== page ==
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A Conversation on Volunteering with an Ace Volunteer

A Conversation on Volunteering with an Ace Volunteer

“ Volunteering isn’t only working, it is about learning and unlearning.”

She was 13 years old when she first volunteered. In her own words, “That first brush with volunteering was so breathtaking. After that I couldn’t be stopped.” While most of her peers were busy giving exams and following a routine pattern, she traveled to the rural interiors of Rajasthan and Bihar to volunteer.

Today, at 24 years of age, Bhawna Khattar, a graduate of Symbiosis Institute of Media and Communication has worked with 8 incredible not for profit organizations. Her journey is one we can all admire and envy at the same time.

As we continue writing on the theme of volunteering, we thought it would be fitting to interview someone as experienced as she. In her intense yet quirky way, Bhawna spoke of her volunteering journey, what made her take it up and why it is important to volunteer.

You have been volunteering for quite sometime now, what has the journey been like?

I have volunteered with different kinds of organizations such as Deepalaya, Teach for India, Rajasthan Bal Kalyan Samiti, Barefoot College and many more. All experiences have been extremely diverse yet, somehow connected in one way or the other. I think, the most important aspect is your own journey as an individual and how it relates to the outer world. So, slowly I have started to build connections.

For me a volunteering journey provides a first hand opportunity of looking at a situation from multiple angles rather than just looking at the tip of an iceberg. For example: If you look at education, you cannot look at education alone, you have to determine the reasons of why a child is not attending school, and in a lot of cases, the reason is ill health or malnutrition.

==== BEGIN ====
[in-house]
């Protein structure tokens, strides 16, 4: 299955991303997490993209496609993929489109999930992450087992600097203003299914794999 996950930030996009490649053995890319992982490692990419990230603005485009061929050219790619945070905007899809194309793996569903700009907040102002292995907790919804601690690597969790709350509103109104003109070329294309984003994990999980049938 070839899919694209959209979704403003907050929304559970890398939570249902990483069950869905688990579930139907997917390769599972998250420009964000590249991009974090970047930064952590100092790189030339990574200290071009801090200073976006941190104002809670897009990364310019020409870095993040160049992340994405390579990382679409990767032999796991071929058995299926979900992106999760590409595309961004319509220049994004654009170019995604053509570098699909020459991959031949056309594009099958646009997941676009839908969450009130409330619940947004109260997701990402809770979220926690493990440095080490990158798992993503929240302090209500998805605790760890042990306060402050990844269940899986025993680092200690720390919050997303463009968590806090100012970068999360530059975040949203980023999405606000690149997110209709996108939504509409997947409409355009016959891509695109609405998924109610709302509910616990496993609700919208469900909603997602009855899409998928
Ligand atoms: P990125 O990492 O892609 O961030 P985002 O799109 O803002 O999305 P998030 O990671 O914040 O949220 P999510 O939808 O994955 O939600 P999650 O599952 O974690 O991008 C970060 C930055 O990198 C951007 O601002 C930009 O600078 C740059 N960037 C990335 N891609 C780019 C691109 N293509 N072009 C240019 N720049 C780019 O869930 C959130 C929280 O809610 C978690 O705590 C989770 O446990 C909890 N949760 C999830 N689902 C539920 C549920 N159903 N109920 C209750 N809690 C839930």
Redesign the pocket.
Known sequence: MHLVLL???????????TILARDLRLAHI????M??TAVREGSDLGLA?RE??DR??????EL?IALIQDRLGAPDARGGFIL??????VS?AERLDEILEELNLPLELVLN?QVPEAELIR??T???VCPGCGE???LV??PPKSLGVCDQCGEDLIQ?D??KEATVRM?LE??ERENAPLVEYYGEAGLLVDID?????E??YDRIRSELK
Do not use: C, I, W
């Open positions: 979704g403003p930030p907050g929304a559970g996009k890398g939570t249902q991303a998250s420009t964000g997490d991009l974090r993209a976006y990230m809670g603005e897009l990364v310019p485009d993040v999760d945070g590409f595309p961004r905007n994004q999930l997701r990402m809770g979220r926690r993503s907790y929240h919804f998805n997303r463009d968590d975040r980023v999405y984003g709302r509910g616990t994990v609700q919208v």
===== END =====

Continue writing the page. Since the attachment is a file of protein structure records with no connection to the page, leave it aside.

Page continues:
Adding to this, volunteering is a great way to make friends, all from different places, from different walks of life who give you more lenses. That’s how the journey looks to me, now that I look back. And I believe there is always a long way to go!

When did your interest in volunteering surface and why?

In my case, as far as I can remember, may be going back to sixth or seventh grade. I think the more important question here is- why? My reasons have been to explore. I wanted to intern at Deepalaya because I wanted to understand the usage of communication in education, then Rajasthan was because I was super-excited to live in a new place.

The reasons have always been different but the motivation has been to explore myself in new environments. Also, my college had mandatory social sector internships for us that pushed me to go for volunteering.

Do you think volunteering has helped you grow?

Of course, it has. Volunteering is much more about learning than working. It has taught me to be patient with others but more importantly, with myself. It has taught me that it’s okay to make mistakes that it’s fine to fail. I’ve learnt the value of delving deeper into subjects, to understand first and opine later. More importantly it has taught me that moving out of my comfort zone is the only way to be comfortable with myself.